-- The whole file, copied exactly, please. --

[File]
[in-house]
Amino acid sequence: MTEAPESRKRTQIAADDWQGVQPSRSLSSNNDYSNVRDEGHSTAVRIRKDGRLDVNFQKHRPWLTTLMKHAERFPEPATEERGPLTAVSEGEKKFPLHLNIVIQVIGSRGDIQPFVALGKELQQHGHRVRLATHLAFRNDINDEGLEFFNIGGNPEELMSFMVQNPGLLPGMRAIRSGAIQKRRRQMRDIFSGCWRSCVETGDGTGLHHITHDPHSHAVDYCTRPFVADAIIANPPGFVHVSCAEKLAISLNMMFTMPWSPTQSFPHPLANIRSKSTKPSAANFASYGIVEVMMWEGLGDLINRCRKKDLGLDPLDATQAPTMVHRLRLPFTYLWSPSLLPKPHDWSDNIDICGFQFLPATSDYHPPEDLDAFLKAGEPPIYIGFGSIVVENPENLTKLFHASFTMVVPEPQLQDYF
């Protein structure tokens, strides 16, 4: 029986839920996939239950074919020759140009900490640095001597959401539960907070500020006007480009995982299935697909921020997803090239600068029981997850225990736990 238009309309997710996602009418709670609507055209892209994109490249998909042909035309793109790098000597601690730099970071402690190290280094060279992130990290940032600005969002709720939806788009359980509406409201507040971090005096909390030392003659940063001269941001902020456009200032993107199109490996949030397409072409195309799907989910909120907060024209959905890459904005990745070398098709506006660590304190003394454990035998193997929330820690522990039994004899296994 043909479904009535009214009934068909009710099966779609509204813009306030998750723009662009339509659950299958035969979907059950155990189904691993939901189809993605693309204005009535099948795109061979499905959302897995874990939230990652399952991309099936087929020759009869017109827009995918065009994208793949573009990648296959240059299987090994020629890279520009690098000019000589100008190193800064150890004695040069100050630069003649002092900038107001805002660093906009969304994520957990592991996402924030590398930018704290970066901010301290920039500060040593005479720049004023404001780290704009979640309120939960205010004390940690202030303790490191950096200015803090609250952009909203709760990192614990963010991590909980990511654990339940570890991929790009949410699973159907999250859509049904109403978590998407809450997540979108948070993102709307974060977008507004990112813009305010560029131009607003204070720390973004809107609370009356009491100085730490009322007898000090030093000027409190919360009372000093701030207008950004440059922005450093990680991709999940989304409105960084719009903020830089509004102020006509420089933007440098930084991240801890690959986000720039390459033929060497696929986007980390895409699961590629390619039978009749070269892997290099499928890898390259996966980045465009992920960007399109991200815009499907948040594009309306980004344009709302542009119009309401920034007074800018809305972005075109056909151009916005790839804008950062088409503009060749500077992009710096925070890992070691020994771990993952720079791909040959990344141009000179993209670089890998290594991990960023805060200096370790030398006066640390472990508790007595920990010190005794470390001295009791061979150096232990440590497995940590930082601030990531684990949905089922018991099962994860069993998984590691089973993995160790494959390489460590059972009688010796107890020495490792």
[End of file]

[in-house]
Amino acid sequence: MTEAPESRKRTQIAADDWQGVQPSRSLSSNNDYSNVRDEGHSTAVRIRKDGRLDVNFQKHRPWLTTLMKHAERFPEPATEERGPLTAVSEGEKKFPLHLNIVIQVIGSRGDIQPFVALGKELQQHGHRVRLATHLAFRNDINDEGLEFFNIGGNPEELMSFMVQNPGLLPGMRAIRSGAIQKRRRQMRDIFSGCWRSCVETGDGTGLHHITHDPHSHAVDYCTRPFVADAIIANPPGFVHVSCAEKLAISLNMMFTMPWSPTQSFPHPLANIRSKSTKPSAANFASYGIVEVMMWEGLGDLINRCRKKDLGLDPLDATQAPTMVHRLRLPFTYLWSPSLLPKPHDWSDNIDICGFQFLPATSDYHPPEDLDAFLKAGEPPIYIGFGSIVVENPENLTKLFHASFTMVVPEPQLQDYF
């Protein structure tokens, strides 16, 4: 029986839920996939239950074919020759140009900490640095001597959401539960907070500020006007480009995982299935697909921020997803090239600068029981997850225990736990 238009309309997710996602009418709670609507055209892209994109490249998909042909035309793109790098000597601690730099970071402690190290280094060279992130990290940032600005969002709720939806788009359980509406409201507040971090005096909390030392003659940063001269941001902020456009200032993107199109490996949030397409072409195309799907989910909120907060024209959905890459904005990745070398098709506006660590304190003394454990035998193997929330820690522990039994004899296994 043909479904009535009214009934068909009710099966779609509204813009306030998750723009662009339509659950299958035969979907059950155990189904691993939901189809993605693309204005009535099948795109061979499905959302897995874990939230990652399952991309099936087929020759009869017109827009995918065009994208793949573009990648296959240059299987090994020629890279520009690098000019000589100008190193800064150890004695040069100050630069003649002092900038107001805002660093906009969304994520957990592991996402924030590398930018704290970066901010301290920039500060040593005479720049004023404001780290704009979640309120939960205010004390940690202030303790490191950096200015803090609250952009909203709760990192614990963010991590909980990511654990339940570890991929790009949410699973159907999250859509049904109403978590998407809450997540979108948070993102709307974060977008507004990112813009305010560029131009607003204070720390973004809107609370009356009491100085730490009322007898000090030093000027409190919360009372000093701030207008950004440059922005450093990680991709999940989304409105960084719009903020830089509004102020006509420089933007440098930084991240801890690959986000720039390459033929060497696929986007980390895409699961590629390619039978009749070269892997290099499928890898390259996966980045465009992920960007399109991200815009499907948040594009309306980004344009709302542009119009309401920034007074800018809305972005075109056909151009916005790839804008950062088409503009060749500077992009710096925070890992070691020994771990993952720079791909040959990344141009000179993209670089890998290594991990960023805060200096370790030398006066640390472990508790007595920990010190005794470390001295009791061979150096232990440590497995940590930082601030990531684990949905089922018991099962994860069993998984590691089973993995160790494959390489460590059972009688010796107890020495490792």